"What we're trying to do here is simplify the number of platforms we have to engineer and support," Burks said.
As with the 2.5-in laptop drives, the new Desktop SSHD line will use Seagate's Adaptive Memory software to identify and store only the most critical data a system needs to go fast. The Desktop SSHD serves up high performance without a high price tag.
Seagate's 2.5-in. laptops will mainly be sold to system manufacturers, with some sales coming from channel distributors. In contrast, the 3.5-in. Desktop SSHDs will be sold exclusively through channel distribution partners, Burks said.
Desktop system manufacturers like to see a new technology proved out in the market before incorporating the technology into their computers, an issue that affected Segate's first and second-generation hybrid drives, Burks said.
"We expect a similar reaction with our desktop hybrid drives, and because we'll be the only ones with them for at least a year, we believe the channel is probably the best venue for them, and a lot of healthy business exists in channel for desktops," Burks said.
"Our customers want the highest storage capacity with the ability to access their data easily and quickly," Fredrik Hamberger, vice president of Hewlett-Packard's consumer PC business, said in a statement. "Integrating Seagate's SSHD solution into our rapidly growing portfolio of industry-leading PCs will offer our customers a superior experience while running multiple applications."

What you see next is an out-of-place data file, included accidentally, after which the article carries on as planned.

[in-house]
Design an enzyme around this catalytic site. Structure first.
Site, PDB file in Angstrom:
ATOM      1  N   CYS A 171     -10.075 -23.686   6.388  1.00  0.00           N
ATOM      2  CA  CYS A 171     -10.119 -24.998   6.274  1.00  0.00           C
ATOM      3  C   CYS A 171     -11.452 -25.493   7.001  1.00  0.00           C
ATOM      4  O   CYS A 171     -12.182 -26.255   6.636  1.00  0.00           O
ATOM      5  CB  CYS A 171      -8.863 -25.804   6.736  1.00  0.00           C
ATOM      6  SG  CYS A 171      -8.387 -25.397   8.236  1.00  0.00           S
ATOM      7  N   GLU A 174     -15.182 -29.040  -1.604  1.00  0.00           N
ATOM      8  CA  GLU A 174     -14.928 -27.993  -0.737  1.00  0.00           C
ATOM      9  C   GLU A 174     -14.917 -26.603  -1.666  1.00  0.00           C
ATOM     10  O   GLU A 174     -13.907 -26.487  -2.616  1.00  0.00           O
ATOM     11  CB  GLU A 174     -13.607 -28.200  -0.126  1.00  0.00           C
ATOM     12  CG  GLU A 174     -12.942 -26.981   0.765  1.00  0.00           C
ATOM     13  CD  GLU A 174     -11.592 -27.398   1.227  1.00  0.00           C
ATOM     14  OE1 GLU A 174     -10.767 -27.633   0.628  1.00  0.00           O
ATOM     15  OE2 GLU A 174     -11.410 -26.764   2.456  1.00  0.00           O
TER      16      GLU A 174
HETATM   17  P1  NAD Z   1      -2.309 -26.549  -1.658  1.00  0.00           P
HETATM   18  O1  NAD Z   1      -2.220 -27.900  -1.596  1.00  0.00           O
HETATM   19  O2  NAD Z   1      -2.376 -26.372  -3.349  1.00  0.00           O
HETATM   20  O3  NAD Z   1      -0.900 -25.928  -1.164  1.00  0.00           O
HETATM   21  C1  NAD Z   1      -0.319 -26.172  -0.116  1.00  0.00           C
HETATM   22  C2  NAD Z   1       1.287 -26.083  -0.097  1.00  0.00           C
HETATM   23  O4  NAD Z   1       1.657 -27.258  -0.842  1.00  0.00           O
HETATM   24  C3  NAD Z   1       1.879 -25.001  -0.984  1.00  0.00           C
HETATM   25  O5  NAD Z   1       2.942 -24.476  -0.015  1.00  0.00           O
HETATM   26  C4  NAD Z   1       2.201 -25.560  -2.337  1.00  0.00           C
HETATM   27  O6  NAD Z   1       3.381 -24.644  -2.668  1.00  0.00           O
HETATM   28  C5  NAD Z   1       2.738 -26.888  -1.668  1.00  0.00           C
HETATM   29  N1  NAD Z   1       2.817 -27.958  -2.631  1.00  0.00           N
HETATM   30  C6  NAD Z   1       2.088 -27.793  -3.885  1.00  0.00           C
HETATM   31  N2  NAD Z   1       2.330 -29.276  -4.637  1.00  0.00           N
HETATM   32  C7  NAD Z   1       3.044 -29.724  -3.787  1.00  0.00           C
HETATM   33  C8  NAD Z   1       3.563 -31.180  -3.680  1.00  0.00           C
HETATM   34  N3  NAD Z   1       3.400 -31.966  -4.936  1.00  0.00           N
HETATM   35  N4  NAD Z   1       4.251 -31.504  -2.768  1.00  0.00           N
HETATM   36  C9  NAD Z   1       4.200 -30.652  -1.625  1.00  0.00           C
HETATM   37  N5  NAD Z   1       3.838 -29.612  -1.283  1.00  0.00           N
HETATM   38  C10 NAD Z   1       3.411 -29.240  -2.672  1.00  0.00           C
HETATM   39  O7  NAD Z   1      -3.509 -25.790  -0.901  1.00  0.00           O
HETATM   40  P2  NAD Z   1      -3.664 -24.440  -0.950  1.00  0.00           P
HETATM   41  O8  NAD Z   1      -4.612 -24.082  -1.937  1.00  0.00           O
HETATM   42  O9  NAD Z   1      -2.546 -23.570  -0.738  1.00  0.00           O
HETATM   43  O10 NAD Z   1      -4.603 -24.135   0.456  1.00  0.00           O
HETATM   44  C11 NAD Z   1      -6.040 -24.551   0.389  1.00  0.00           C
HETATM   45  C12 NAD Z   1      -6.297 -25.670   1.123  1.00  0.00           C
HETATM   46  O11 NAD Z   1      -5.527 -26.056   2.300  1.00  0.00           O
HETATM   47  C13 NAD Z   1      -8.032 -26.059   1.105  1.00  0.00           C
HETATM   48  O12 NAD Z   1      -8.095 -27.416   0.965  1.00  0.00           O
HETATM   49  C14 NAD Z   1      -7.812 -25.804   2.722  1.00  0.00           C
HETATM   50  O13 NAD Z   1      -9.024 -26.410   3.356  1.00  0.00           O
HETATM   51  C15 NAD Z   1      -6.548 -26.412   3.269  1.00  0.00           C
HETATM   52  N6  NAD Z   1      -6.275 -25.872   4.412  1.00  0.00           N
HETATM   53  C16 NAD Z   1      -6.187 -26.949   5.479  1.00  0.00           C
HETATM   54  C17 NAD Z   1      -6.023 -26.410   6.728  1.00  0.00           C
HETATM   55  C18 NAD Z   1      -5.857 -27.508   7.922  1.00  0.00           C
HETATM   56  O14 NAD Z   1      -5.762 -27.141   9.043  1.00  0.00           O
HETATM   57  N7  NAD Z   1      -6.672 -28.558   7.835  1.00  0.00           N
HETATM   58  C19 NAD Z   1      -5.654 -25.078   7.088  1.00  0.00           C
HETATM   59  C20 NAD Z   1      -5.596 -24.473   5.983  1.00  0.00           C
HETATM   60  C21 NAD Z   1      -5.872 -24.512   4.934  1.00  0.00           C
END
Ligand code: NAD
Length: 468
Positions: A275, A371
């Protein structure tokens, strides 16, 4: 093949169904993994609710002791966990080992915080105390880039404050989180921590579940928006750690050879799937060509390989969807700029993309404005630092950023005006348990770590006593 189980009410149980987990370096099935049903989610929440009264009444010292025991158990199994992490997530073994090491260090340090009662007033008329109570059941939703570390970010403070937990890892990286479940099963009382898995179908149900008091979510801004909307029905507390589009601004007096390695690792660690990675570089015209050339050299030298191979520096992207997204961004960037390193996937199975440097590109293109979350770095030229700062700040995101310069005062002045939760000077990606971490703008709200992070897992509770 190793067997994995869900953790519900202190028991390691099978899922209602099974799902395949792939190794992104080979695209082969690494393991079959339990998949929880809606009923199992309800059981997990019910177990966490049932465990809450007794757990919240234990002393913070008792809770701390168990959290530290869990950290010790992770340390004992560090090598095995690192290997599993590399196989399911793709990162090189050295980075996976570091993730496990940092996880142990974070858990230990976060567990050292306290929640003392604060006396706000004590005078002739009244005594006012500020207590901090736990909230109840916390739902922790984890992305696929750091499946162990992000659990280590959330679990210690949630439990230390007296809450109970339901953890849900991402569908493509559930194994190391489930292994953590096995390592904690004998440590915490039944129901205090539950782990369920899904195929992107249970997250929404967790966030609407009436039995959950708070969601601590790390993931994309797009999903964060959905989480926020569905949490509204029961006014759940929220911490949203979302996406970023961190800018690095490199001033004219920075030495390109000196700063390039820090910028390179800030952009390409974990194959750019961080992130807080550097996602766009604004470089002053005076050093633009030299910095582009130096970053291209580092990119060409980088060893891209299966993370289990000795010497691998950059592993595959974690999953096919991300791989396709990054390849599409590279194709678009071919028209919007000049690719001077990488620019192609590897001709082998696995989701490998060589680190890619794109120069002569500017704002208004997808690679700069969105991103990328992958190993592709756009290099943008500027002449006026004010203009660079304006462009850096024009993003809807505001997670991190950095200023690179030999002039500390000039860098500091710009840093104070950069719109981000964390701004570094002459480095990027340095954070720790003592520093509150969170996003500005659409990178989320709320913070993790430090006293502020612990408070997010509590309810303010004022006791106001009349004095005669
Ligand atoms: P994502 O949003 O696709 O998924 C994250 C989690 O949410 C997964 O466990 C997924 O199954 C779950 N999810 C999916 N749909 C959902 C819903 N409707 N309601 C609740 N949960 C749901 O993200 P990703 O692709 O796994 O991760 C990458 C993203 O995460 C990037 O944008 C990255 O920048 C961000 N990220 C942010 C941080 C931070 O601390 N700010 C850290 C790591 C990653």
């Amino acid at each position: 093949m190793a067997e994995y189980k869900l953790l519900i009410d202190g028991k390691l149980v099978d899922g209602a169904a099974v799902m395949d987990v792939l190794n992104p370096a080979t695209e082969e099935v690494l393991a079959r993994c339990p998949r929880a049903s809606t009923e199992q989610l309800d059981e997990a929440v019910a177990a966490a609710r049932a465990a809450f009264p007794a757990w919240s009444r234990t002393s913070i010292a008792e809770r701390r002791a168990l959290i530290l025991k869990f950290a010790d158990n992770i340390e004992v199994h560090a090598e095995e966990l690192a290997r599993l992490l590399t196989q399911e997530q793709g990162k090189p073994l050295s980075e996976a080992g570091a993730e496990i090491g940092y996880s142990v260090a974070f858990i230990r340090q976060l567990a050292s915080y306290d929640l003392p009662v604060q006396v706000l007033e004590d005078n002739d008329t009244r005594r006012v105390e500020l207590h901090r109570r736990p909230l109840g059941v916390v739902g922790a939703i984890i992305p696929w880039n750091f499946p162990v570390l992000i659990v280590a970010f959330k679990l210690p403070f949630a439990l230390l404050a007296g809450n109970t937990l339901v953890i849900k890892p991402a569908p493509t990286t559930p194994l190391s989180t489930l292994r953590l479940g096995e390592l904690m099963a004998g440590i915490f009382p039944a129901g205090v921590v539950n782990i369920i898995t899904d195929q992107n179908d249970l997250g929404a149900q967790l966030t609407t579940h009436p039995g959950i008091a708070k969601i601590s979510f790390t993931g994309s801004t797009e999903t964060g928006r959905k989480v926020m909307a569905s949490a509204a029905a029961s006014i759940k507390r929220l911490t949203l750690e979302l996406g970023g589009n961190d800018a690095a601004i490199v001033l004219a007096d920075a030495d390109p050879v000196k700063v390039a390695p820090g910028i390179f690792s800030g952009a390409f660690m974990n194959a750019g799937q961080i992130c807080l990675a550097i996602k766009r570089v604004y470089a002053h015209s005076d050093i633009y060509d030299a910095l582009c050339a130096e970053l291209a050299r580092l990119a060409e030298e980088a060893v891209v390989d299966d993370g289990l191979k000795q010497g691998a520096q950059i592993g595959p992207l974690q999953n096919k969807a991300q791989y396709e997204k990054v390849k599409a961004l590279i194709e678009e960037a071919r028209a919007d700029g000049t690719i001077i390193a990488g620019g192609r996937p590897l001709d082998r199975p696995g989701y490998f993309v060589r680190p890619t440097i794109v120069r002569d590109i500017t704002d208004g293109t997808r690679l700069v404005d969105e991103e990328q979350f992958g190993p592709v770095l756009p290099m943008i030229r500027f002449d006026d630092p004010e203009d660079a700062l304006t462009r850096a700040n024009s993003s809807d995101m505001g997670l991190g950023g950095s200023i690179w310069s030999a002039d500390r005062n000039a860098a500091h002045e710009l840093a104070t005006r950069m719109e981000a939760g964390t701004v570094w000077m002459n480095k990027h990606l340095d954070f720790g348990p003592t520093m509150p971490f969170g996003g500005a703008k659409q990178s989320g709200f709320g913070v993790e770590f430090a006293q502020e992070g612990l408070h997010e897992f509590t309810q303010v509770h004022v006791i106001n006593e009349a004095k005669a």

Without releasing pricing, Burks said the SSHDs would carry a $15 to $20 price premium over standard hard drives of similar capacity. For some idea of pricing, Seagate's second generation Momentus XT hybrid drive with 750GB of capacity retailed for $245.
If we're not there yet, we are quickly approaching the Samsung Era in handheld electronics.
The Korean giant sells more mobile phones, and more smartphones, than any other company. It competes in all markets, from the high-end down, and is pouring its record profits into expansion and advertising. Samsung is now among the most valuable brands on the planet.
Samsung rose to prominence by out-grinding rivals in commodity markets, and it approaches phones and tablets the same way, by quickly pumping out handsets with incremental tweaks and improvements.
The question now is whether Samsung can innovate, if it can deliver the kind of totally new devices that rival like Apple has.
There is no question about Samsung's ability to compete in many markets at the same time. Last week the company announced a new Galaxy Note tablet with an 8-inch display, and reports say its next Note smartphone will have a 6.4-inch screen.
This means that Samsung's smartphones and tablets will probably soon come in one-inch intervals at every size from 4 to 11.6 inches. These are sold at various specs for different markets and price points, meaning the company has many dozens of devices in play around the world.